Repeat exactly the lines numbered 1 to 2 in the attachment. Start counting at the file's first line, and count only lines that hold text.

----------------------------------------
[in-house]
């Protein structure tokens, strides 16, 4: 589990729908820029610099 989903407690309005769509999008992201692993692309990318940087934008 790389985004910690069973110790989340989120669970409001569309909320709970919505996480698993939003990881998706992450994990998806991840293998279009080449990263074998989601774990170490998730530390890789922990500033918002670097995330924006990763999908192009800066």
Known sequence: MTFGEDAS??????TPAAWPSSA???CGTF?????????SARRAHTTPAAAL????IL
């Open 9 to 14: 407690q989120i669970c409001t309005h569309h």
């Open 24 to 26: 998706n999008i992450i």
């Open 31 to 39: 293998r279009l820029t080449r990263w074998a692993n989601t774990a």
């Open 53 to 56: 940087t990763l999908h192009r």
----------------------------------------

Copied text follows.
[in-house]
């Protein structure tokens, strides 16, 4: 589990729908820029610099 989903407690309005769509999008992201692993692309990318940087934008 790389985004910690069973110790989340989120669970409001569309909320709970919505996480698993939003990881998706992450994990998806991840293998279009080449990263074998989601774990170490998730530390890789922990500033918002670097995330924006990763999908192009800066």